Bradford Plumer speculates about what it would take to make electric cars a viable alternative:
[Is] a massive electrification push doable? It all depends. The necessary infrastructure won't likely materialize on its own, even if the price of oil rose. The government will have to offer incentives to set up charging stations, and it would ideally start in a few key "ecosystem" cities. Once the technology's demonstrated and reaches a critical mass, it'd be more likely to catch on.
One snag, though, is that battery prices will have to keep dropping for electric cars to become anything more than a niche product. (And not everyone's so sure that batteries will naturally keep getting cheaper and more powerful, the way microchips havein October, Lux Research singled out slow advances in battery technology as a major hurdle for the electric-vehicle industry.)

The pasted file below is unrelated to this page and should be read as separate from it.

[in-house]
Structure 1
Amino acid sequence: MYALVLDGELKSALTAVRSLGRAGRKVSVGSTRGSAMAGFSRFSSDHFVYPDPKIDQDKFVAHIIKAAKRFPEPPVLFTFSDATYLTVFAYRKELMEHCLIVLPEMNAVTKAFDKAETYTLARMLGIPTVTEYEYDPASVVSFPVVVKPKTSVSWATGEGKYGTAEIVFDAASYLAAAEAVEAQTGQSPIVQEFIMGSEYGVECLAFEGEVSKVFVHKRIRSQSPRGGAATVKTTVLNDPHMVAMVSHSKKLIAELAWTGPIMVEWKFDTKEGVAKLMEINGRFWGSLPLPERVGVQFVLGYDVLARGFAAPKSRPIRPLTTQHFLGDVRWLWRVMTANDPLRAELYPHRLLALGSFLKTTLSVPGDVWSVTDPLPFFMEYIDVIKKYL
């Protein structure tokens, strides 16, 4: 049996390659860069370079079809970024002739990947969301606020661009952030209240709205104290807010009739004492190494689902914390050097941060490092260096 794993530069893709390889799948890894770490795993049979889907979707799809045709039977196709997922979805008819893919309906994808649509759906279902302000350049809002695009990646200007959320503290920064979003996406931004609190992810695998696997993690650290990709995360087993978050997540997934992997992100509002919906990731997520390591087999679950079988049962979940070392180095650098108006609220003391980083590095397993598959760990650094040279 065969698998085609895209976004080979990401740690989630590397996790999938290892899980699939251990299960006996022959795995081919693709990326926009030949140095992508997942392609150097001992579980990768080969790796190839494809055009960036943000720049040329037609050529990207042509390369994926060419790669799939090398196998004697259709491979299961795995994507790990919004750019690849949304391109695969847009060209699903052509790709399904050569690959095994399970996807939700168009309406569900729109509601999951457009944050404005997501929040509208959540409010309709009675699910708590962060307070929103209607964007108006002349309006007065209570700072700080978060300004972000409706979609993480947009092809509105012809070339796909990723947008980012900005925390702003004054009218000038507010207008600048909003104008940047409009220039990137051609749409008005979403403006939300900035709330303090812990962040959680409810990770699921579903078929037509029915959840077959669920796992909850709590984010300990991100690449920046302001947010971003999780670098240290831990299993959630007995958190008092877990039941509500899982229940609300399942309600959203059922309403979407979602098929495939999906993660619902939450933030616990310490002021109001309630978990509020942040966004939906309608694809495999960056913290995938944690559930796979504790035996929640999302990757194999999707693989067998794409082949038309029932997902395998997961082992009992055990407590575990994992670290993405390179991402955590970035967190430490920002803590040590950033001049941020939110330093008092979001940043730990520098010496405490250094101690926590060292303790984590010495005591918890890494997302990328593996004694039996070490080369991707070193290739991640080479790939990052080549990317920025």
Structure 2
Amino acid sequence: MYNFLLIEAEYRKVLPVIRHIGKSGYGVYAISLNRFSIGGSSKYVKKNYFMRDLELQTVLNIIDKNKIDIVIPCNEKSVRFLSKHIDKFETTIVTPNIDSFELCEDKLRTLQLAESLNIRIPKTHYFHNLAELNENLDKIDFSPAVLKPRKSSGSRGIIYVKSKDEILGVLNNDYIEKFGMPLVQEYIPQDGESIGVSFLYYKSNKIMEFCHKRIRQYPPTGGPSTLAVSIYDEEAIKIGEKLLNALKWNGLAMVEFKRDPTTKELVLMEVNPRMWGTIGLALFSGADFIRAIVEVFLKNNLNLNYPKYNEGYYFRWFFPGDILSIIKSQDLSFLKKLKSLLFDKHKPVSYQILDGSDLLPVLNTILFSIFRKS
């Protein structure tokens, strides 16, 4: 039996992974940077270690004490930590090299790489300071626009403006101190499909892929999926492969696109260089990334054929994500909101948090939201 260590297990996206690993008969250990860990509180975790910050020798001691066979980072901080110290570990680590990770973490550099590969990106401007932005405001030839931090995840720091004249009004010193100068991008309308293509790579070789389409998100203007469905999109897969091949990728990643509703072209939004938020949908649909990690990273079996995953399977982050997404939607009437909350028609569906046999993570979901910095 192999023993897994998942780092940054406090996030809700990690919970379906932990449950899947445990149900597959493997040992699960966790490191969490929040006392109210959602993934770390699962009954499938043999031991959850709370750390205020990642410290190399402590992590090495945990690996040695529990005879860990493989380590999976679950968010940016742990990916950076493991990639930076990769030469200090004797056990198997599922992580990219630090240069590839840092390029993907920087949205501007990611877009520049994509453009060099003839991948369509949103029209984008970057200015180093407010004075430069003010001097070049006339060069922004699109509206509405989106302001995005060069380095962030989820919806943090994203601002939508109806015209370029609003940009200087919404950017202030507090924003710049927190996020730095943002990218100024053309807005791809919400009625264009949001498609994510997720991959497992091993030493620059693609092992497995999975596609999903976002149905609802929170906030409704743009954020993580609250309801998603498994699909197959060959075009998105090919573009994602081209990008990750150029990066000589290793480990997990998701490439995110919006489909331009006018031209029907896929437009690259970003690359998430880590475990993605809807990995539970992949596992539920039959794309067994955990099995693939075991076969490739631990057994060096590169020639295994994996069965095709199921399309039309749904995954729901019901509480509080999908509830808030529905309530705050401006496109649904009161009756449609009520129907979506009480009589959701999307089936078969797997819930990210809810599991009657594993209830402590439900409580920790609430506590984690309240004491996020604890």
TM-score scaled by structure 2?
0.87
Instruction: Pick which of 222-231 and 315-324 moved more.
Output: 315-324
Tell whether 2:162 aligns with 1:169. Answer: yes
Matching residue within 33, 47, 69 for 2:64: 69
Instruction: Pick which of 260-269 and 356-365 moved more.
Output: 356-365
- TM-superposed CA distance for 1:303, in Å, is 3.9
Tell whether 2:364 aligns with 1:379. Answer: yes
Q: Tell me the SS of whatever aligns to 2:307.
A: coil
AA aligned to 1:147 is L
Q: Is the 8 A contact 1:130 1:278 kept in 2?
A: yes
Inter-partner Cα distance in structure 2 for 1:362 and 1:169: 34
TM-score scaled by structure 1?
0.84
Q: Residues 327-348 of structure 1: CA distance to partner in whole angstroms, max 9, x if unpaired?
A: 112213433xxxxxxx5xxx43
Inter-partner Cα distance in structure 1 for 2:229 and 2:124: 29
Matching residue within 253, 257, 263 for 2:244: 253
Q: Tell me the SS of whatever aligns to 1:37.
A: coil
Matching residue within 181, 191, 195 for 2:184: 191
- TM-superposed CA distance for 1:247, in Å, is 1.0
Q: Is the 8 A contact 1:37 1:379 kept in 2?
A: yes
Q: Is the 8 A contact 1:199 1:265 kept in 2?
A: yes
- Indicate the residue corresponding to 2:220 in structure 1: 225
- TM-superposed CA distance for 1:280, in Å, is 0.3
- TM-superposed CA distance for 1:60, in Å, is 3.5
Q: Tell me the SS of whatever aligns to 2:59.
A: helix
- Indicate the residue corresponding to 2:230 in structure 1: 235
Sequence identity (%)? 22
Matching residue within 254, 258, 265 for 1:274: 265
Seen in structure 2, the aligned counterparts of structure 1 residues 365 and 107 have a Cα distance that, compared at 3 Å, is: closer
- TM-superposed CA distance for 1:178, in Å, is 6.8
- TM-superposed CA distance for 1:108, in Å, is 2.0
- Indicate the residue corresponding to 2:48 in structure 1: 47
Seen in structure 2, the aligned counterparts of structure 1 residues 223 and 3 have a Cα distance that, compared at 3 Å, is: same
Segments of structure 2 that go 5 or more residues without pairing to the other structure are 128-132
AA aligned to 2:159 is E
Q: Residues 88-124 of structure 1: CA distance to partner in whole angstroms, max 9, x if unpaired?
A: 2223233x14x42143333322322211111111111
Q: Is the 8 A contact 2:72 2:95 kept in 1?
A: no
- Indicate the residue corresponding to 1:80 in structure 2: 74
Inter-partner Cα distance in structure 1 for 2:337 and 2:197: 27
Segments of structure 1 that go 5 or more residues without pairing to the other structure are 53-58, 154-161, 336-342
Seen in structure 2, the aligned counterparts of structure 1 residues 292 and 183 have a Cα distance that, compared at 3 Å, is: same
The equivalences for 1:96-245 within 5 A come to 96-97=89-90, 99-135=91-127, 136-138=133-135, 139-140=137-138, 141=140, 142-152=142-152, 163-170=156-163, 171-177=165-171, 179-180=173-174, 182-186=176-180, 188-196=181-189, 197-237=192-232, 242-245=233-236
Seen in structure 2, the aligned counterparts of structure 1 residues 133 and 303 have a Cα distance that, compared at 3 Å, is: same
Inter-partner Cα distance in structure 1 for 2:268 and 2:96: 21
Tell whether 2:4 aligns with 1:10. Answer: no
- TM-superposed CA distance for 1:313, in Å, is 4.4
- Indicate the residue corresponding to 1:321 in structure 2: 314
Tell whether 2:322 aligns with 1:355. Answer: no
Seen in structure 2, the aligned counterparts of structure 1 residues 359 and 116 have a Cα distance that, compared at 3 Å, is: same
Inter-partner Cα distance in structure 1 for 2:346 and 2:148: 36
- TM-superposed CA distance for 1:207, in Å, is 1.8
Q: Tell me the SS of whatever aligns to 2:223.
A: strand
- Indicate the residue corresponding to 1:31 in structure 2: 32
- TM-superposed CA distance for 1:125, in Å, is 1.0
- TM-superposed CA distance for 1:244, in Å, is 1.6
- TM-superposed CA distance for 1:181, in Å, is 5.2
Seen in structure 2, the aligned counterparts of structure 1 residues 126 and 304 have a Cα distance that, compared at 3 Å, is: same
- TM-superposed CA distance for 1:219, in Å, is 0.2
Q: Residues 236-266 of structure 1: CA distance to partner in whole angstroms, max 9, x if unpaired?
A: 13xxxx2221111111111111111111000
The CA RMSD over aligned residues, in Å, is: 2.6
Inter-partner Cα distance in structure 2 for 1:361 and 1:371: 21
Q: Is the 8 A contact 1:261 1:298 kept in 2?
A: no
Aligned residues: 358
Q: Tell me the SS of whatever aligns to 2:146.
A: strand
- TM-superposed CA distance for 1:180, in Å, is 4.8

The report also notes that consumer behavior will have to change. Right now, when buying cars, people tend to focus far more on the sticker price of a vehicle and less on how much it will cost to drive a car over the course of its lifetime. Electric cars may be cheaper to drive per mile, especially if oil prices keep rising, but most people are psychologically repulsed by their high upfront cost. And, the coalition argues, Congress isn't likely to hike gas taxes in the coming year.